Arguedas spent most of her second year of law school building the self-defense case for trial, and her team was “very successful.” In 1979, she became one of the few lawyers to get hired out of school by the highly regarded San Francisco federal public defender’s office. Undaunted by the prospect of going up against prosecutors twice her age, Arguedas says, “Nobody outworks me, so I was always extremely prepared.” She continues, letting a bit of Berkeley-speak slip in, “From the beginning I just felt ‘at one’ with being in the courtroom.” 

Arguedas’ courtroom skills proved highly effective. In her very first trial at the public defender’s office—a case involving mail theft—the jury came back with an acquittal for her client in record time for federal court, a mere 20 minutes. Soon after, Arguedas convinced a conservative judge to acquit a deli owner accused of laundering food stamps; she used the unlikely defense that he had fallen under the spell of a beguiling undercover policewoman. Barry Portman, longtime head of the public defender’s office, describes Arguedas as “one of the most marvelous cross-examiners you’ll ever see.”

Arguedas used her time there to continue polishing her skills. “There were a lot of great lawyers coming through that courthouse—John Keker, Jim Brosnahan, Tony Serra—whenever they would be doing anything in the courtroom, I would go and watch them,” she explains.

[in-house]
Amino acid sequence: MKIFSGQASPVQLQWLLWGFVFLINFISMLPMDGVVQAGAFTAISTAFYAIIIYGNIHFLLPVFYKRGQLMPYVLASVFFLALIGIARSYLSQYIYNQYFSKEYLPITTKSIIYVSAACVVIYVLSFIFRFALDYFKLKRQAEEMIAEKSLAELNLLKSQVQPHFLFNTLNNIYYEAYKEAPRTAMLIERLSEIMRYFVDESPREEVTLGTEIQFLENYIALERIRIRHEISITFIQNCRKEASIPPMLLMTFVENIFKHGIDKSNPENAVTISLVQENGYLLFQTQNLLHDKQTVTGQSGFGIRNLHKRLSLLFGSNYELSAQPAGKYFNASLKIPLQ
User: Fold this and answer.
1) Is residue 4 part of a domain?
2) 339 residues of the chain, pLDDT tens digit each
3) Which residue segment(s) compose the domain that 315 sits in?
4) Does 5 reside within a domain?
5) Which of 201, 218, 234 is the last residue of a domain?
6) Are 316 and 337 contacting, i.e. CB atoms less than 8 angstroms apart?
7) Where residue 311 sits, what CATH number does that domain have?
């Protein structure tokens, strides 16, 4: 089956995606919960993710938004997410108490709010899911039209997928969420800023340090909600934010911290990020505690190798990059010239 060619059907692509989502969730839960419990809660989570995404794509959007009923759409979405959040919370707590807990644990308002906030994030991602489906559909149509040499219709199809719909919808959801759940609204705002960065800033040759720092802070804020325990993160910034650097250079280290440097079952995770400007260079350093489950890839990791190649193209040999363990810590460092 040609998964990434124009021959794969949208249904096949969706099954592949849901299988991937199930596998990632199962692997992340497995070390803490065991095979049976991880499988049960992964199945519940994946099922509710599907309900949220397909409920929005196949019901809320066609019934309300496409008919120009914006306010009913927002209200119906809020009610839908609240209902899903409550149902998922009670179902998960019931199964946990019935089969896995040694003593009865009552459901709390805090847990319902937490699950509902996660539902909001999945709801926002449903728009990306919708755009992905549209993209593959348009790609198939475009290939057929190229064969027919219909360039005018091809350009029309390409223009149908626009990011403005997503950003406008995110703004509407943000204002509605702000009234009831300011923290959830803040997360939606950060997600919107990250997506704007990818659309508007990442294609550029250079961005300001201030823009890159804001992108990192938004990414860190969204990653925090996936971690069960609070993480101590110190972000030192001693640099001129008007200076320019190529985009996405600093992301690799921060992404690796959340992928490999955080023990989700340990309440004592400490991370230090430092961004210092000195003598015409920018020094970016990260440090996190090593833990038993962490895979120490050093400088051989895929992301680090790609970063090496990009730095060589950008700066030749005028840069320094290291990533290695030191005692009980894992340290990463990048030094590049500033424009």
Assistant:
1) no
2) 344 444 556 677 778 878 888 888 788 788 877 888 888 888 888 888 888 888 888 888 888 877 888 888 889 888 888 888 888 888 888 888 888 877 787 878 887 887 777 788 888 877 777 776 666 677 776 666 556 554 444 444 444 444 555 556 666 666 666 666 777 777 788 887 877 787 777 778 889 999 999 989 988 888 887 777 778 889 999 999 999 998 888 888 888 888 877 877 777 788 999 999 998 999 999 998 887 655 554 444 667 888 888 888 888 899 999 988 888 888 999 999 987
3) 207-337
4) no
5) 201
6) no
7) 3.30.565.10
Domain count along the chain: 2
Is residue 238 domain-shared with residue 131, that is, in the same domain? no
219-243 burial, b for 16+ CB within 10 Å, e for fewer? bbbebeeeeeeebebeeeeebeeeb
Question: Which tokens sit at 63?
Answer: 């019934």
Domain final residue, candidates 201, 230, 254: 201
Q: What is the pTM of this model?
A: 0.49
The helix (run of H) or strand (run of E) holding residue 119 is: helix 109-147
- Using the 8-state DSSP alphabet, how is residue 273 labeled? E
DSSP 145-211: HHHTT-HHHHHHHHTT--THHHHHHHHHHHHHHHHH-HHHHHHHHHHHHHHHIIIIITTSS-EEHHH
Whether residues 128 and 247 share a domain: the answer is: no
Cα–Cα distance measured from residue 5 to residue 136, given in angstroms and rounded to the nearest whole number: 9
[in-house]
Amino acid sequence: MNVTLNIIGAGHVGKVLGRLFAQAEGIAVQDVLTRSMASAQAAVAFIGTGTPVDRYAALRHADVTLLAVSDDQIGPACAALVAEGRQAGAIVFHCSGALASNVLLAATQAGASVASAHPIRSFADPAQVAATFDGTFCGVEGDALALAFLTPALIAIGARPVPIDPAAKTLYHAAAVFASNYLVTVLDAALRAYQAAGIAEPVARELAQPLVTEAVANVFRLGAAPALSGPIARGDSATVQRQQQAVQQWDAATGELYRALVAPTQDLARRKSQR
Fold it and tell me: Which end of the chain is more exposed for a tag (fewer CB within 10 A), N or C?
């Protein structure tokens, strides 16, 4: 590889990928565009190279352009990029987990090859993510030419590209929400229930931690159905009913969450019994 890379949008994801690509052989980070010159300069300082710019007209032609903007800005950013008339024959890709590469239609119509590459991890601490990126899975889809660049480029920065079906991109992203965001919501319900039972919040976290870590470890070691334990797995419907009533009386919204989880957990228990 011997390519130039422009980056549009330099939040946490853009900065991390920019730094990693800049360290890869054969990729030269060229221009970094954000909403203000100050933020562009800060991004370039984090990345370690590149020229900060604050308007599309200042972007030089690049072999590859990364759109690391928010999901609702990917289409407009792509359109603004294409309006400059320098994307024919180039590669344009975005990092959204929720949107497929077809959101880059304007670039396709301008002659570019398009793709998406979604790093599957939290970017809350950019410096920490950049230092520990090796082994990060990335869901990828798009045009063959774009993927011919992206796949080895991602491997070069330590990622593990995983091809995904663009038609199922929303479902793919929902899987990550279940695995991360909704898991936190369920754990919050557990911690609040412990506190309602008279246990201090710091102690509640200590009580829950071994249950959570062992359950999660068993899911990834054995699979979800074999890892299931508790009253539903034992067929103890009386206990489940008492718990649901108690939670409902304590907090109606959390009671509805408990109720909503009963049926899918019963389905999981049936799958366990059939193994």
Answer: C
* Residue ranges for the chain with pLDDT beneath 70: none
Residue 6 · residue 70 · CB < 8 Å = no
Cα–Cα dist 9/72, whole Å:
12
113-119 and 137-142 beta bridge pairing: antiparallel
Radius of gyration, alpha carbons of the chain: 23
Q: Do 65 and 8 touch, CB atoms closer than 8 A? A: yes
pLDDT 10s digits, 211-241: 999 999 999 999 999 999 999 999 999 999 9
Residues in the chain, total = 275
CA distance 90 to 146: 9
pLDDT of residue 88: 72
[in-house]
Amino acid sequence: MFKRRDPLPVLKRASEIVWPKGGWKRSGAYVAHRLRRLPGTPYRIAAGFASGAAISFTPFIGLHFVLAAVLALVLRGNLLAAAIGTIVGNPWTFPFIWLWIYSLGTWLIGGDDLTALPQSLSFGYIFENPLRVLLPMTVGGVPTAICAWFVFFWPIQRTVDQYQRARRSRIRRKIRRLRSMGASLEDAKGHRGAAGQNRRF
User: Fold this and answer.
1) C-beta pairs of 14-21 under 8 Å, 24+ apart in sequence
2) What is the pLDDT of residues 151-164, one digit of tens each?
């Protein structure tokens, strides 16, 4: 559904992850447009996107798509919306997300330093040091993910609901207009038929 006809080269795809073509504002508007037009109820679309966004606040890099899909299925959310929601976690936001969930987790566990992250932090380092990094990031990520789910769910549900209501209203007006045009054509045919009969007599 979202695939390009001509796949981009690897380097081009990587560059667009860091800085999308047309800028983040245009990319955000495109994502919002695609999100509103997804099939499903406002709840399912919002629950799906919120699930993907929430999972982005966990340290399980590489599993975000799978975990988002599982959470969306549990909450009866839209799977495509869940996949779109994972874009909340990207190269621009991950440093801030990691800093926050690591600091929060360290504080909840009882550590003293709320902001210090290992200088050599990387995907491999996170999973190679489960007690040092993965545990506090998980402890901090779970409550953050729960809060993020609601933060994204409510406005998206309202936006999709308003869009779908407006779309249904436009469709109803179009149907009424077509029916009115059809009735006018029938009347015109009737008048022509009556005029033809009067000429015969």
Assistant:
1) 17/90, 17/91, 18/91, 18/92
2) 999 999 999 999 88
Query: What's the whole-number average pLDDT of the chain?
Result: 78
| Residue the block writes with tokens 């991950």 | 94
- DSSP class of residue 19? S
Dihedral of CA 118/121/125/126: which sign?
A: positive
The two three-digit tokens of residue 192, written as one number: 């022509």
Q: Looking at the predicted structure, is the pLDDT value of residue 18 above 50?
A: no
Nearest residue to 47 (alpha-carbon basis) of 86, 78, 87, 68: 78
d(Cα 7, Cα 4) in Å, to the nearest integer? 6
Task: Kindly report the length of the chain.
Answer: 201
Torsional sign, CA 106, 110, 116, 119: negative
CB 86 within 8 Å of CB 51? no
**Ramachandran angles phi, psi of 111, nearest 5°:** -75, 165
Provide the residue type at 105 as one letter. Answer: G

In 1983, shortly after she left the public defender’s office, and just before she reached her 30th birthday, Time magazine named Arguedas as one of the country’s five most promising women attorneys under the age of 40. It cited her outstanding 13-2 record in injury verdicts at the public defender’s office. “The Time thing was a very big deal for me,” she says. “I was only 29, and even though I had started to build a reputation around San Francisco, this was national.” Then she adds playfully, “But what I really learned was that Time magazine hangs around in dentists’ offices for a long time. People I went to high school with were calling me about that thing more than a year later.” 

Shortly before the article was published, Arguedas had started her own practice with seasoned criminal defense attorney Penny Cooper. The two took on many drug-related cases in the beginning, and as Arguedas explains, “No case was too small.” Even today, the now seven-lawyer firm of Arguedas, Cassman & Headley prides itself on dealing with criminal justice matters of all sizes. But more often than not, Arguedas’ cases are likely to make the front page. They also tend toward the corporate, a trend Arguedas traces to 1987, the year of the Wedtech Corp. defense contracting scandal and her first major foray into the world of white-collar crime. During the corporate calamity that embroiled the Reagan administration, Arguedas helped defend a San Francisco businessman, W. Franklyn Chinn, indicted on multiple counts of racketeering and fraud in connection with the defunct Bronx defense contractor. Chinn won half of the counts at trial and got the remaining counts reversed on appeal. Arguedas, who cites his initial conviction as a low point in her career, breathed a sigh of relief.

Arguedas remains very involved in the white-collar world—she represented Enron’s Timothy Belden, accused of gaming the California energy market, and former McKesson Corp. executive Jay Gilbertson, who became entangled in one of the largest securities fraud suits ever.